Sewage is their specialty


Promising to save taxpayers $233 million over the next 20 years, Nassau County Executive Ed Mangano announced a partnership with United Water to manage and operate the County’s three wastewater treatment facilities, 53 pumping stations and 3,000-mile sewer system.

  “This partnership was formed to dramatically improve the county’s ability to protect our environment and the health and well-being of our residents,” Mangano said. “Together with United Water, we will implement unprecedented advances in environmental protection, odor control, management efficiencies, plant aesthetics and public information.”

The county will pay United Water $57.4 million annually — adjusted yearly for inflation. The deal still needs approval by the County Legislature and the Nassau Interim Finance Authority, a state monitoring board in control of the county’s finances.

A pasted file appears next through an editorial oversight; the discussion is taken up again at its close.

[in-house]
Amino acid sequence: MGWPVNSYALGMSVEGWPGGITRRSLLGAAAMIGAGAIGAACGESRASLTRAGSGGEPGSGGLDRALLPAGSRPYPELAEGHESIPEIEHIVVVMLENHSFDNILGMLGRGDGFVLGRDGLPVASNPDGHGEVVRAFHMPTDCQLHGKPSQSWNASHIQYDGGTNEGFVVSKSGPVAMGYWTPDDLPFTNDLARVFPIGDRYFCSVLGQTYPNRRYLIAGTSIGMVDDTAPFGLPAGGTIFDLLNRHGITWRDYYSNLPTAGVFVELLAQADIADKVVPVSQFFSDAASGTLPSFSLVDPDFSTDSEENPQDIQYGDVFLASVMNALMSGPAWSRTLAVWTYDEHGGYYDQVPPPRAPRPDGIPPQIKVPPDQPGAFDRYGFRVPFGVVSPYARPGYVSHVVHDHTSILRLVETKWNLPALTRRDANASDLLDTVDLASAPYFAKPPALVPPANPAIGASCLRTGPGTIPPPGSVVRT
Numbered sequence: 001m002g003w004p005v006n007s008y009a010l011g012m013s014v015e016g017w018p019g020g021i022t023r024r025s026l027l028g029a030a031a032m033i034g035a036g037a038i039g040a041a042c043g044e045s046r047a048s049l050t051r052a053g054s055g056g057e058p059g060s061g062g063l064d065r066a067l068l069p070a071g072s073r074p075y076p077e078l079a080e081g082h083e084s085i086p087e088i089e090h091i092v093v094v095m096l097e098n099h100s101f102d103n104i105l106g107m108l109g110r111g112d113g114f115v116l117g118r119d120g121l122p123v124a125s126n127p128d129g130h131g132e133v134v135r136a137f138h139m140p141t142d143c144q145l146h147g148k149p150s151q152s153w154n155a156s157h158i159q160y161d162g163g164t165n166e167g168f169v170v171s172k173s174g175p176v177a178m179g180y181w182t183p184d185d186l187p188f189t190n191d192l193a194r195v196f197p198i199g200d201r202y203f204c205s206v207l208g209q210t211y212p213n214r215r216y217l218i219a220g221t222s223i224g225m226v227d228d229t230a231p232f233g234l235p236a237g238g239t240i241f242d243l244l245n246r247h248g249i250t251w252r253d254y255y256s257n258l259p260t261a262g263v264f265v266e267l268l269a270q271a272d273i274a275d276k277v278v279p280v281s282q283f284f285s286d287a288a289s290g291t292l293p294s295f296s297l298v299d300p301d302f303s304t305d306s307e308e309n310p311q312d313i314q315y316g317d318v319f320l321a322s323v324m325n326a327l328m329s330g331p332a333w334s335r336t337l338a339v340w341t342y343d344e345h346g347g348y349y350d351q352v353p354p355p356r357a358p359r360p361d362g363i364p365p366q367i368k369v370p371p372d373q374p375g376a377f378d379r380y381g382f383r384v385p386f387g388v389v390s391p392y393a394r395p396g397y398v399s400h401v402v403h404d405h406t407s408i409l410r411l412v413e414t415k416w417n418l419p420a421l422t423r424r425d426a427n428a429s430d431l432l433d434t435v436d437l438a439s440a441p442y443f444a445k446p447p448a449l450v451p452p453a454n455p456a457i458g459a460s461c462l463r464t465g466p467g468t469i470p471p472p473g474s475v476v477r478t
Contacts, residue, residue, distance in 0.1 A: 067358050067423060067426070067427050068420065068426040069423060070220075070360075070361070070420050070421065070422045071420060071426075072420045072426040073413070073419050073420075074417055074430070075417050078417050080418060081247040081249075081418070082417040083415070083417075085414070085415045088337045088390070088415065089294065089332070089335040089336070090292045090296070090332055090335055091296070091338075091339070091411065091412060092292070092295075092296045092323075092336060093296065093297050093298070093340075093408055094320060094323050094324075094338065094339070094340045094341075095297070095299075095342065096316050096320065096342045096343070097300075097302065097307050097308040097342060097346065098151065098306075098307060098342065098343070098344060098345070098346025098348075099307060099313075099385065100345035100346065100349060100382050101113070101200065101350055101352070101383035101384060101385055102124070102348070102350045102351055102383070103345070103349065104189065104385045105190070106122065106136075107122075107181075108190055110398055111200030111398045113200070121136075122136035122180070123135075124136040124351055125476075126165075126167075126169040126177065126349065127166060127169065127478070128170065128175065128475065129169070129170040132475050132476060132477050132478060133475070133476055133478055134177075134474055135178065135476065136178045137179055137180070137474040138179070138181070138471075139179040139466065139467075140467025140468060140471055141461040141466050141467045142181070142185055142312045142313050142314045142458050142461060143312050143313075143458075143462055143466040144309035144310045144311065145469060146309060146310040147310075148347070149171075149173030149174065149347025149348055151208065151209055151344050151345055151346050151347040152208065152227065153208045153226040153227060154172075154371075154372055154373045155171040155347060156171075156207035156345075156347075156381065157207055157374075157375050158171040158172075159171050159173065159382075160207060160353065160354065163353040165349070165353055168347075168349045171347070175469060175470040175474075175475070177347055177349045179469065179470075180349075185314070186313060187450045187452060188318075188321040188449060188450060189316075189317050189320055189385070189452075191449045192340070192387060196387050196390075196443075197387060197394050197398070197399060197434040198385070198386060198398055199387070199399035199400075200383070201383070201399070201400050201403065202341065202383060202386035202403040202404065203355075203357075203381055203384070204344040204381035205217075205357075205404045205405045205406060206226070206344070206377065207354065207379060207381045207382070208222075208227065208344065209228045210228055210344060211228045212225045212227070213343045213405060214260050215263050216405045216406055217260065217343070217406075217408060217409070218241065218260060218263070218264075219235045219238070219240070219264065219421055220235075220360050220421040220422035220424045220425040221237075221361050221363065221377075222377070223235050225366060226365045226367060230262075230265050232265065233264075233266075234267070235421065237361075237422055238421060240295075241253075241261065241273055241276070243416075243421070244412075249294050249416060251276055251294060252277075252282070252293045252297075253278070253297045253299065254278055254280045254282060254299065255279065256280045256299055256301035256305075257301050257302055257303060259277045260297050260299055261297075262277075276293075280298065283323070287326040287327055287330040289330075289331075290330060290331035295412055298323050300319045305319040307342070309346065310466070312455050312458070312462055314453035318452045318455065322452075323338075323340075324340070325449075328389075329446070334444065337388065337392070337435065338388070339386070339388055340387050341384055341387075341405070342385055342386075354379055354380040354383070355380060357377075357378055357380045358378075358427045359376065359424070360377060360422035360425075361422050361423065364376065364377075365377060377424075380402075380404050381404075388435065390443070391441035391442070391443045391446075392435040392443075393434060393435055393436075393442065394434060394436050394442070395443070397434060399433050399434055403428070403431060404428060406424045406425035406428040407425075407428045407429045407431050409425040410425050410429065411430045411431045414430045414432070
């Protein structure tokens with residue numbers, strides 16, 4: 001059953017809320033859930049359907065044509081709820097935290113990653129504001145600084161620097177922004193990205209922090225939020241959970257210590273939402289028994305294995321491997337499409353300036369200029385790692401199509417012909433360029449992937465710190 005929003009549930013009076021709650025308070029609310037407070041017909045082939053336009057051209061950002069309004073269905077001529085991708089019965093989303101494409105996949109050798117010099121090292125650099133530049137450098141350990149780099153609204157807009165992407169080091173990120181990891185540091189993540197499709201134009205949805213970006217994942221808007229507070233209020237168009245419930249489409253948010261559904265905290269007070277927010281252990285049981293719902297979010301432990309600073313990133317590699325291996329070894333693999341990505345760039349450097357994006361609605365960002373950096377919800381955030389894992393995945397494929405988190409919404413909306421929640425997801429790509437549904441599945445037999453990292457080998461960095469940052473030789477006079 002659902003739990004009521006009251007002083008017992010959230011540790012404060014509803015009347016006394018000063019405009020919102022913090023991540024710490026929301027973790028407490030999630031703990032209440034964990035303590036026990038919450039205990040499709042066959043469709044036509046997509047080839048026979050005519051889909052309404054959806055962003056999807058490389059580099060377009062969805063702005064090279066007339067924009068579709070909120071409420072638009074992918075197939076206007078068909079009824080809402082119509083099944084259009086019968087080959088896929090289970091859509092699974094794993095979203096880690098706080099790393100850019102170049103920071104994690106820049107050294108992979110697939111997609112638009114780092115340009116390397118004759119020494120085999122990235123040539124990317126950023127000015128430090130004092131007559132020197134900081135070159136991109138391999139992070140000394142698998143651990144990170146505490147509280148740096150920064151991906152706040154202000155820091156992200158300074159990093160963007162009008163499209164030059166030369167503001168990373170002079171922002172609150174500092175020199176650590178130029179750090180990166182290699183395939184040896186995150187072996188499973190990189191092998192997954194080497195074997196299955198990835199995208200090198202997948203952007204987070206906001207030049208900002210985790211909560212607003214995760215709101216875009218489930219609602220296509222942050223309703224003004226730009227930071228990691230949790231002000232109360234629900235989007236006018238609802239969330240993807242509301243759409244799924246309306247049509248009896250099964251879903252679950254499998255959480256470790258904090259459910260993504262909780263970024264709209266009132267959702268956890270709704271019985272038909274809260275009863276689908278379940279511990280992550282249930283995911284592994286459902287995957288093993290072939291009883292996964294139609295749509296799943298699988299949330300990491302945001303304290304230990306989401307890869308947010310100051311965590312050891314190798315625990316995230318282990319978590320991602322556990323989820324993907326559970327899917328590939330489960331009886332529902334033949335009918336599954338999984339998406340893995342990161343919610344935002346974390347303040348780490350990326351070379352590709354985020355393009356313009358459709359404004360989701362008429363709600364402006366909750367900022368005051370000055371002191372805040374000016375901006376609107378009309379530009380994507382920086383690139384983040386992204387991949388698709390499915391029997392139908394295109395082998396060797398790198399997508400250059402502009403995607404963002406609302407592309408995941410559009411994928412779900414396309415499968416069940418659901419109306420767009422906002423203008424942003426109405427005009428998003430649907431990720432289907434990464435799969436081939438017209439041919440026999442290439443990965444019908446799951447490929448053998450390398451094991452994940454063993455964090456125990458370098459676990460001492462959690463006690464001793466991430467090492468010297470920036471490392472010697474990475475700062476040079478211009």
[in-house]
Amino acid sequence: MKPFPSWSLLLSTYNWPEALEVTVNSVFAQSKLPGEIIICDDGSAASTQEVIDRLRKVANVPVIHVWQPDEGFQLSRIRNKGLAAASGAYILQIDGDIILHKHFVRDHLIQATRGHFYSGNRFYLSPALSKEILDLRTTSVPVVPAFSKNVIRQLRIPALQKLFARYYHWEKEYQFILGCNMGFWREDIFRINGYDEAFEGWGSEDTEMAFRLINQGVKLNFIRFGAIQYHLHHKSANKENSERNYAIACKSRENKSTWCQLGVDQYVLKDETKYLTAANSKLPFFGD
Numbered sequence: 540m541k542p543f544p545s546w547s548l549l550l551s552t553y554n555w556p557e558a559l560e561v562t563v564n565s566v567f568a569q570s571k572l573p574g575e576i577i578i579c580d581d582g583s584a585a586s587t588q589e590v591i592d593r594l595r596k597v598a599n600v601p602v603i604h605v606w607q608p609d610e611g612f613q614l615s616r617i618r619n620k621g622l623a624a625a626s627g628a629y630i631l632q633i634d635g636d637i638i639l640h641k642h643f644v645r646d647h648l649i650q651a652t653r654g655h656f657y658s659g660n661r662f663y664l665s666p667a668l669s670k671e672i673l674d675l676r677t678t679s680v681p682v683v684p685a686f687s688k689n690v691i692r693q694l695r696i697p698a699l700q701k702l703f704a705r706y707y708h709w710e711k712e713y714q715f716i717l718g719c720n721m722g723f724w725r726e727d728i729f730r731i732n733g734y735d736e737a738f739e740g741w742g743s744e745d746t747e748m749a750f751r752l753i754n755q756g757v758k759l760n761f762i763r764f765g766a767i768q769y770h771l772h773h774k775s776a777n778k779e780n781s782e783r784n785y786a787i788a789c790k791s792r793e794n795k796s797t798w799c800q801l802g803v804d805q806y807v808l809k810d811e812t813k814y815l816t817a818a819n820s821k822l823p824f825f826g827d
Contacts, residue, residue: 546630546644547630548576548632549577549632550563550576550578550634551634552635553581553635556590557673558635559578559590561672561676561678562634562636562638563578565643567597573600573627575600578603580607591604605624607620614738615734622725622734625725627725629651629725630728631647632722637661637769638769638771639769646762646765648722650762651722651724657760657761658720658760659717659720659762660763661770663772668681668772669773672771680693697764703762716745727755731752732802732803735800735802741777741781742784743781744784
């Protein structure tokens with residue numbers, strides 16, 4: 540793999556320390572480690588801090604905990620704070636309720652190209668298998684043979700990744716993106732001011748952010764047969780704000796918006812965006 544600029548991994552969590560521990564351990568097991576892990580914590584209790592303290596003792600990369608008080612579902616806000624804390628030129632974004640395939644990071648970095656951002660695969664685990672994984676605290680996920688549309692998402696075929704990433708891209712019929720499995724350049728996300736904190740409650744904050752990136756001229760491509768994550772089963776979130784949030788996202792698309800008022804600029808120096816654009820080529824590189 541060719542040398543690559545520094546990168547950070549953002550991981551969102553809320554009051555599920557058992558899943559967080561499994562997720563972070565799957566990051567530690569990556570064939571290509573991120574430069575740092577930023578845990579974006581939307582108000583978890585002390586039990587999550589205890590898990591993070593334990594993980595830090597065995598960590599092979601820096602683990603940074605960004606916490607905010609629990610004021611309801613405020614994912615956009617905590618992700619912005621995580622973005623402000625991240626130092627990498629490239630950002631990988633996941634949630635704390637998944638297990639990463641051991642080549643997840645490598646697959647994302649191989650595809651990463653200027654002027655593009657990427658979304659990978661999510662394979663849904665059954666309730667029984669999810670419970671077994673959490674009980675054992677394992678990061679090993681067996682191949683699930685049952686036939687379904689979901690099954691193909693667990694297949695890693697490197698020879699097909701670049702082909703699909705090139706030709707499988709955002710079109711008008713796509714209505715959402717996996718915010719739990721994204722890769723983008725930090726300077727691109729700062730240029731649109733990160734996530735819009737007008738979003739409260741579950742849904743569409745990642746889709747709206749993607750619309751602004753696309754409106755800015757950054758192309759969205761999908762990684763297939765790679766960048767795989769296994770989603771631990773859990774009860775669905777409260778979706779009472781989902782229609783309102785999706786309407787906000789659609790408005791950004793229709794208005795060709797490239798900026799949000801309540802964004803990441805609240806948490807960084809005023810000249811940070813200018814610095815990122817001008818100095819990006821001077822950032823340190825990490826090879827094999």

About United Water

  Through public and private partnerships and contract agreements, United Water operates 90 municipal water systems in the United States, many of them on the East Coast. Headquartered in Harrington Park, New Jersey, they provide water and wastewater services to more than 5 million people.

“In municipalities across the country, our firm has been entrusted with one of the most important assets of any community: its water supplies and sanitary sewage system,” said Bertrand Camus, CEO of United Water. “Every day, we treat billions of gallons of water, and we do it safely and effectively, while bringing operational savings to the taxpayer.”

 Under a 20-year agreement, United Water will manage Nassau County’s three treatment plants —Bay Park in East Rockaway, which serves some 532,000 residents; Cedar Creek in Wantagh, serving 600,000 residents; and Glen Cove, which serves 27,000 residents — as well as its entire sewage system.